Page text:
cryptography default_backend is "hazmat"?
p.f.moore at gmail.com
Sun Mar 19 18:46:09 EDT 2017
On Sunday, 19 March 2017 03:16:17 UTC, Arthur Darcet wrote:
> On Sat, 18 Mar 2017 at 23:29, Ian Pilcher <arequipeno at gmail.com> wrote:
> > On 03/18/2017 05:15 PM, Chris Angelico wrote:
> > > So the question is: How well do you trust the examples? Are they
> > > likely to be instructing you in a safe way to use this
> > > potentially-dangerous module?
> > But as far as I can tell, there's no way to use many of the non-hazmat
> > functions (e.g. parsing a certificate) without a backend, and all of the
> > backends are "hazmat".
> > So what's the point of marking something as hazmat, if a large portion
> > of the rest of the module can't be used without it?
> If I'm not mistaken, the hazmat module contains functions that are easy to
> misuse, which is why they are hazardous.
> Using those same functions through the "safe" part of the library isn't
I do tend to agree with the OP. As someone who *definitely* doesn't claim to be a security expert, I'd prefer to stick solely to the "for non-expert users only" part of the module. As far as I can see, that part includes only:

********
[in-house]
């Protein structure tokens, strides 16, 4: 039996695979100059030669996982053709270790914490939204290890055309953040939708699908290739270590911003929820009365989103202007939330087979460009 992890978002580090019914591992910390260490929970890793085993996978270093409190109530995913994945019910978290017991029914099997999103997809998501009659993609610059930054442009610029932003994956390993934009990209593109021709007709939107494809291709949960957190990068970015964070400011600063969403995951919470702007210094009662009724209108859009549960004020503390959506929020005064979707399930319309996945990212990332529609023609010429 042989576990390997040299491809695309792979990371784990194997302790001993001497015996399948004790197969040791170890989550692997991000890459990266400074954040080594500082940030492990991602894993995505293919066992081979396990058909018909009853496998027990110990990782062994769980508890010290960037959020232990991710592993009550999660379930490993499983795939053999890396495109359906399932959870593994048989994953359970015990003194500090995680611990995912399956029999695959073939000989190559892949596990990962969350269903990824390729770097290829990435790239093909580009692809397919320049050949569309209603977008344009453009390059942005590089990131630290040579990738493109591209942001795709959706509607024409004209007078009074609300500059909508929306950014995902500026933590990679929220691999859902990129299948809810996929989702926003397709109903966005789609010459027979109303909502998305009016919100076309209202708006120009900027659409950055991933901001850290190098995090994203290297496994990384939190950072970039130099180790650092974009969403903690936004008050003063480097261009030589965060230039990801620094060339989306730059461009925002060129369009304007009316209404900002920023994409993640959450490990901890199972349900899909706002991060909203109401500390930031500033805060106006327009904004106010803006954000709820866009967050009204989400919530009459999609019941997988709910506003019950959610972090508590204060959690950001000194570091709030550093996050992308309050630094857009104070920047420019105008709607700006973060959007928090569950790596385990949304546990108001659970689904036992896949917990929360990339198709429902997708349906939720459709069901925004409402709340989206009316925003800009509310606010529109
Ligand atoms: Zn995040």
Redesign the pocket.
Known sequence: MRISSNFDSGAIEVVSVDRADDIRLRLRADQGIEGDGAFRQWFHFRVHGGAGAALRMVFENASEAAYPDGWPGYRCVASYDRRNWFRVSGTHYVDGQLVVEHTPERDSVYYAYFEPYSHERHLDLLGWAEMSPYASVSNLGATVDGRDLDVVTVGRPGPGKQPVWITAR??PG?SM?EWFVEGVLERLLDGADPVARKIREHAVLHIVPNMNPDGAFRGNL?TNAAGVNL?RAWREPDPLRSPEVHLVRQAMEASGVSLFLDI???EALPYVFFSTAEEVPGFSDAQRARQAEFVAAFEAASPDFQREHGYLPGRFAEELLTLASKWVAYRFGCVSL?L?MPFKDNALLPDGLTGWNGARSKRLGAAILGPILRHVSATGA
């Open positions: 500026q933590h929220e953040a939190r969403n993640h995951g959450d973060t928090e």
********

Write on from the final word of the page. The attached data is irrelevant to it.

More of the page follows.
1. Fernet symmetric encryption, which is fine, but needs me to manage the key safely (and offers no help in doing that)
2. X509, whose docs are a reference (that you need to understand X509 to follow) and a couple of tutorials on generating/requesting keys. Nothing on using X509 for encryption.
Some of the "obvious" things I'd like to be able to do (e.g., create a message digest, public key cryptography, hashing passwords for storage) are all in the "hazmat" part of the documentation.
So I'm left with the choice of using cryptography and explicitly using parts documented as not suitable for me, or using something else that claims to be robust (but which may not be, depending on whether I trust the author, or prefer to trust the PyCA, who seem to be implying that the subject is too complex for them to be able to provide a non-expert-friendly version, so how come other authors can?)
FWIW, for the 3 examples I gave above, quick Google searches found:
* message digest - the stdlib hashlib module
* public key - pycrypto
* password hashes - passlib
I have no idea whether these are "acceptable" solutions, but I'd tend to use them in preference to the cryptography library, simply because they don't claim that the functions needed are "dangerous to use".
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